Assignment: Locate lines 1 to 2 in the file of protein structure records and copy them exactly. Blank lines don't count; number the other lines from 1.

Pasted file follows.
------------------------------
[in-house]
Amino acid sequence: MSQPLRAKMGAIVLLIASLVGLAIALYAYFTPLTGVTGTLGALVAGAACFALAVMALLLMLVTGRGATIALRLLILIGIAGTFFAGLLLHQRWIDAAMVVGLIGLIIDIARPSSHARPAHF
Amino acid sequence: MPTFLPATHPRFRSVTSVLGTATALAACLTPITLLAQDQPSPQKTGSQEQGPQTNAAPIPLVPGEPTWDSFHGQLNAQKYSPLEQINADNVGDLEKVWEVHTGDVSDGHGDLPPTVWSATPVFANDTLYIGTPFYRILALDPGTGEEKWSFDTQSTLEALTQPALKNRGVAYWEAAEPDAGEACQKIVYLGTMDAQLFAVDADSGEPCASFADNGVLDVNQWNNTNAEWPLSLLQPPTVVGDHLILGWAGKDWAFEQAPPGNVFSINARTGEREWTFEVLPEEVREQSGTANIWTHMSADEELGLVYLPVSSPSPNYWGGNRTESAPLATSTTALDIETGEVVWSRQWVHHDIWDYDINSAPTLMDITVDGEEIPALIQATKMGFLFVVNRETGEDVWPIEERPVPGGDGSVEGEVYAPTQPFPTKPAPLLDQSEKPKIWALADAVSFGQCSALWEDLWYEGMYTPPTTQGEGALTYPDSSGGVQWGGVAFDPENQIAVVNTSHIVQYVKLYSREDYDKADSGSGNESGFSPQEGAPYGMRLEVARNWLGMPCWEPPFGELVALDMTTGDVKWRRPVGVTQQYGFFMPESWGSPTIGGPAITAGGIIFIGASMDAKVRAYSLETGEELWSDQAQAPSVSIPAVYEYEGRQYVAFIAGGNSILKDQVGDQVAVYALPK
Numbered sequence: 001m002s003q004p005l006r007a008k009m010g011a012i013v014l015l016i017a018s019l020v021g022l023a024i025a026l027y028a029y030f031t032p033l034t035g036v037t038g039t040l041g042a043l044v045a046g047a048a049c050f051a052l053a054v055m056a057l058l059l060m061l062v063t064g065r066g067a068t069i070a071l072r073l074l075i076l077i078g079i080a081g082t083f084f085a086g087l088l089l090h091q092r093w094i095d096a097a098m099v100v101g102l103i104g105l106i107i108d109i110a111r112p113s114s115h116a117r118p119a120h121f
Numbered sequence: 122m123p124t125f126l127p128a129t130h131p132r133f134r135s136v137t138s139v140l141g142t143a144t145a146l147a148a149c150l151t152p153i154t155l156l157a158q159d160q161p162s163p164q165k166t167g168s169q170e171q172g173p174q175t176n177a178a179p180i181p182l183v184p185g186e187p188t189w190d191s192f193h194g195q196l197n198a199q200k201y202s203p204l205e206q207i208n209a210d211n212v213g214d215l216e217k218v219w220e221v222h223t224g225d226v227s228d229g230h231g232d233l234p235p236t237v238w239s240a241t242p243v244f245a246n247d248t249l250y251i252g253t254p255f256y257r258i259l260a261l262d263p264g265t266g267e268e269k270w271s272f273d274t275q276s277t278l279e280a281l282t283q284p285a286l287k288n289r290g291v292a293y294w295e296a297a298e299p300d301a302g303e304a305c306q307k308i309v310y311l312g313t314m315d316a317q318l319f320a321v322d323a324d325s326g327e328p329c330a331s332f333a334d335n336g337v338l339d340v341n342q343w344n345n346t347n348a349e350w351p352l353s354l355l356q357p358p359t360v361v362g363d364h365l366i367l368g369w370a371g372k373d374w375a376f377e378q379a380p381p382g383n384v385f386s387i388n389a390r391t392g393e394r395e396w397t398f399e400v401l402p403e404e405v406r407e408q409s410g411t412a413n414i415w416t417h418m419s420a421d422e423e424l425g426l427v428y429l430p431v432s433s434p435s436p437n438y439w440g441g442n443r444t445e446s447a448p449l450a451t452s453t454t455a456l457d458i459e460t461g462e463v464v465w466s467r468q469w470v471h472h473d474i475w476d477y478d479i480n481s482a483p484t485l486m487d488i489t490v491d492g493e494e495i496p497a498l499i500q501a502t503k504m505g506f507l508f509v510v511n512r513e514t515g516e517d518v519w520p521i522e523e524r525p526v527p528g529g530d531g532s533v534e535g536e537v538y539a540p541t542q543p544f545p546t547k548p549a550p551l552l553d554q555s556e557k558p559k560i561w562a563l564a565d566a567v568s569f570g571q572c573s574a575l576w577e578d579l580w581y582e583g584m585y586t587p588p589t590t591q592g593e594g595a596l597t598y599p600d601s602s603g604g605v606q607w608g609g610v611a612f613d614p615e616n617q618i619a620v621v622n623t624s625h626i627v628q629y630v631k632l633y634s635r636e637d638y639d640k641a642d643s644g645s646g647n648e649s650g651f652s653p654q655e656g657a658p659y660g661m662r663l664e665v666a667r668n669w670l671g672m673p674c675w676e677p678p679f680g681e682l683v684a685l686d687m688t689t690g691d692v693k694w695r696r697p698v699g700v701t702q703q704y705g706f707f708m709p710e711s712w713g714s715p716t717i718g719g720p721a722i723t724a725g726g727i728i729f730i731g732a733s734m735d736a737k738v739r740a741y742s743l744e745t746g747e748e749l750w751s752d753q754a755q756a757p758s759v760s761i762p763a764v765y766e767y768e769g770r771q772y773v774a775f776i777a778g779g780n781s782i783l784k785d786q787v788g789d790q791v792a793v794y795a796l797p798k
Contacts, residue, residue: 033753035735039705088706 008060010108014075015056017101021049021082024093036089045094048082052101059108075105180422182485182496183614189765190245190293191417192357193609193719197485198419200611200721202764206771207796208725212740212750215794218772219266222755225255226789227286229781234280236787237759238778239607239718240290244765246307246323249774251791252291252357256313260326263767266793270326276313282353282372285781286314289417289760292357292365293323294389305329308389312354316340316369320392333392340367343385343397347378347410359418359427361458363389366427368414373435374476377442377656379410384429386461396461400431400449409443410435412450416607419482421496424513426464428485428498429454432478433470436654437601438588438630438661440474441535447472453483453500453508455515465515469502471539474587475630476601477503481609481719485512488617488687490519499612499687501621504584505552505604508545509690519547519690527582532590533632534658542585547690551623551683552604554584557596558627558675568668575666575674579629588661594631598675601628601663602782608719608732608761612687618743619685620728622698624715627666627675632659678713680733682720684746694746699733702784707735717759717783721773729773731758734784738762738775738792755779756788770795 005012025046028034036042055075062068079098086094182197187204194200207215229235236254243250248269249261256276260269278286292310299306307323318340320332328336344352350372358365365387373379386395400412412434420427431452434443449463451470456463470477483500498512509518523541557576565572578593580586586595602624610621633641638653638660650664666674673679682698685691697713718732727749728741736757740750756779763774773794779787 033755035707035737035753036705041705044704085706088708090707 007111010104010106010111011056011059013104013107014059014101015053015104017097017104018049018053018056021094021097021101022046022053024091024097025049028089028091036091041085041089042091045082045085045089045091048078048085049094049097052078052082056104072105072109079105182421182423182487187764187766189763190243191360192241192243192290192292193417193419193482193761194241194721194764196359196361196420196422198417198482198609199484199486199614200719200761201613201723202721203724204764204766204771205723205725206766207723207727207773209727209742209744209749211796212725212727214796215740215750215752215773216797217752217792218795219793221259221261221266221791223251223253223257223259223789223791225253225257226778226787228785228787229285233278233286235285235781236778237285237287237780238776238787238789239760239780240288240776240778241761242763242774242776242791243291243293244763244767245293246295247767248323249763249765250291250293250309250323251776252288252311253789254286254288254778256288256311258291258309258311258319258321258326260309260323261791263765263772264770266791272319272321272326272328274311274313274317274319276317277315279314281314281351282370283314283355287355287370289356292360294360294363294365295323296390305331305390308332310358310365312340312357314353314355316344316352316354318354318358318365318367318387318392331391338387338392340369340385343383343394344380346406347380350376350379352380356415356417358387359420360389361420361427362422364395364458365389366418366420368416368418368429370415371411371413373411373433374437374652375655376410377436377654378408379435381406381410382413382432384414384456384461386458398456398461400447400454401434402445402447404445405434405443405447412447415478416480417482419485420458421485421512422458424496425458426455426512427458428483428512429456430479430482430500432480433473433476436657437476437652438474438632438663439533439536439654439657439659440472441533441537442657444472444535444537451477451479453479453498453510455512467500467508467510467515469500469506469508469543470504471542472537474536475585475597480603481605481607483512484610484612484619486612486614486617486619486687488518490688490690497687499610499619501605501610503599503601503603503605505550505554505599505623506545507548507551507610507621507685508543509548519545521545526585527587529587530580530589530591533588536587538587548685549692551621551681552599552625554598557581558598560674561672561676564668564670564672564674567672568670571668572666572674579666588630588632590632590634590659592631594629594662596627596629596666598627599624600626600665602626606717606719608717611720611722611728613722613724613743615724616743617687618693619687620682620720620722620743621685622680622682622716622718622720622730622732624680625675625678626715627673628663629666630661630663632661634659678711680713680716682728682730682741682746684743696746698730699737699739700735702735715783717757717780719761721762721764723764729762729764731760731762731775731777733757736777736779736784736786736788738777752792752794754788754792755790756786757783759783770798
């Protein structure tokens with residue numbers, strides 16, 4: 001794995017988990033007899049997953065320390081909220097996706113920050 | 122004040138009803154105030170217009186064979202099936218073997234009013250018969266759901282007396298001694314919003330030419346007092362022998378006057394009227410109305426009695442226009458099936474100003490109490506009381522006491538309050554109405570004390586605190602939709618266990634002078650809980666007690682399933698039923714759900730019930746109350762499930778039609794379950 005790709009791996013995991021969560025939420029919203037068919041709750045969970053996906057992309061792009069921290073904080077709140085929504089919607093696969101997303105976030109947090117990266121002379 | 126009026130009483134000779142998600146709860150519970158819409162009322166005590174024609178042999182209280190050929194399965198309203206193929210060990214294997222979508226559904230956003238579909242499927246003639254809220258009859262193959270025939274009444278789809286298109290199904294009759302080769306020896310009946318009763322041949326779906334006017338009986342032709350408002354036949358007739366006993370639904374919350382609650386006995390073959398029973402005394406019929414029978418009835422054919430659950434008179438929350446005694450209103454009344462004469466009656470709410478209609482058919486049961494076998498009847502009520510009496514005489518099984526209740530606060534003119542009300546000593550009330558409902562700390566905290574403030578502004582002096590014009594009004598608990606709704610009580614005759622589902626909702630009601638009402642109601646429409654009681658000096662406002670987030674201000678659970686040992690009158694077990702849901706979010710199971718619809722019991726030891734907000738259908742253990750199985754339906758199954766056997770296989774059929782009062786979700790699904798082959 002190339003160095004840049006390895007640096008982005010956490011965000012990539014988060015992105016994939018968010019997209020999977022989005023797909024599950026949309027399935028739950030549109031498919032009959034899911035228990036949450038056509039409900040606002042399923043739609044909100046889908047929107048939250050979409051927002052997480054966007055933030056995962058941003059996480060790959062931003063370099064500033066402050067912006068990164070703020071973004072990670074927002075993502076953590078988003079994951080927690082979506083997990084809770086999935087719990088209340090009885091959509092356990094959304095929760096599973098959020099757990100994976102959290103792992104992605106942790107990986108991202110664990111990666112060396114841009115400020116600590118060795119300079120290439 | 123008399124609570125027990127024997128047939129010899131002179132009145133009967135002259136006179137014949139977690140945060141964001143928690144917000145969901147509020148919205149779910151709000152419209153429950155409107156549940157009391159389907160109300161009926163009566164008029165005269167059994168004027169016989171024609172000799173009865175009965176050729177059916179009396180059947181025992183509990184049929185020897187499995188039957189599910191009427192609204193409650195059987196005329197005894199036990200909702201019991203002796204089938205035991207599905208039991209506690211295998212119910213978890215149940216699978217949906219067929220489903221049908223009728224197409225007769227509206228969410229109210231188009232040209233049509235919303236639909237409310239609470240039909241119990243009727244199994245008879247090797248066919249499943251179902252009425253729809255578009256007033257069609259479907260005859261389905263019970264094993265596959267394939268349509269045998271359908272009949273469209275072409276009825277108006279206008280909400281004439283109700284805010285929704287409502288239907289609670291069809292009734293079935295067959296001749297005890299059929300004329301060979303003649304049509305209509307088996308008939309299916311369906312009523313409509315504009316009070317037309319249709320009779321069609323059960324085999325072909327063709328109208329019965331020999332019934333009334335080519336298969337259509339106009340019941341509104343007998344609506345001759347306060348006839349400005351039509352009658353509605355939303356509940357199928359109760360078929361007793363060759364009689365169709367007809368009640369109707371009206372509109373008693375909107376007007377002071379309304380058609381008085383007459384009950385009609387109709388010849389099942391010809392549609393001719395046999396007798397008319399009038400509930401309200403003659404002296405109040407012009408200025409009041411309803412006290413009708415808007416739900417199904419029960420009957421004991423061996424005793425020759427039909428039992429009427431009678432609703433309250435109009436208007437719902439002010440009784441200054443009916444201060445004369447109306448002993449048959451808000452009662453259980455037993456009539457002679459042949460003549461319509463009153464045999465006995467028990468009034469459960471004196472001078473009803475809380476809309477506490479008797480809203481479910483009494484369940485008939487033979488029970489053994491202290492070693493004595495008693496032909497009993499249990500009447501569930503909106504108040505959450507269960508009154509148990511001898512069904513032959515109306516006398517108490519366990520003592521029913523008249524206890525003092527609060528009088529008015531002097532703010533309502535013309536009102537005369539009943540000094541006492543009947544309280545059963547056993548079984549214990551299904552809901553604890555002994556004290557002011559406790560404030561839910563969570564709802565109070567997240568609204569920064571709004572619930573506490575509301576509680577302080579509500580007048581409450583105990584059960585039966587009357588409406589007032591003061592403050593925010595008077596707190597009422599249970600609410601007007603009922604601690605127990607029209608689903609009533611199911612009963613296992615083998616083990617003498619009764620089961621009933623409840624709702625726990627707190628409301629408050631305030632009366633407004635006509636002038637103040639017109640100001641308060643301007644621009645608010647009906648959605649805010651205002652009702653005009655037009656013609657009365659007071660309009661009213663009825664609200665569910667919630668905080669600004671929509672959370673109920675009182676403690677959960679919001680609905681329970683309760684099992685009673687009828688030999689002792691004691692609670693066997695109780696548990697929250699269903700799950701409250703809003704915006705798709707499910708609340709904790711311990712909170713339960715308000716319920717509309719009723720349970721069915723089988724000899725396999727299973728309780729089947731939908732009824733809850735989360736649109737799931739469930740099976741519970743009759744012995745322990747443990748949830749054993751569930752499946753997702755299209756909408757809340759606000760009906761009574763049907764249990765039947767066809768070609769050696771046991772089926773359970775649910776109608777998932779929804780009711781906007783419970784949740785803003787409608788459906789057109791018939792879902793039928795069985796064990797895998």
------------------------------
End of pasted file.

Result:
[in-house]
Amino acid sequence: MSQPLRAKMGAIVLLIASLVGLAIALYAYFTPLTGVTGTLGALVAGAACFALAVMALLLMLVTGRGATIALRLLILIGIAGTFFAGLLLHQRWIDAAMVVGLIGLIIDIARPSSHARPAHF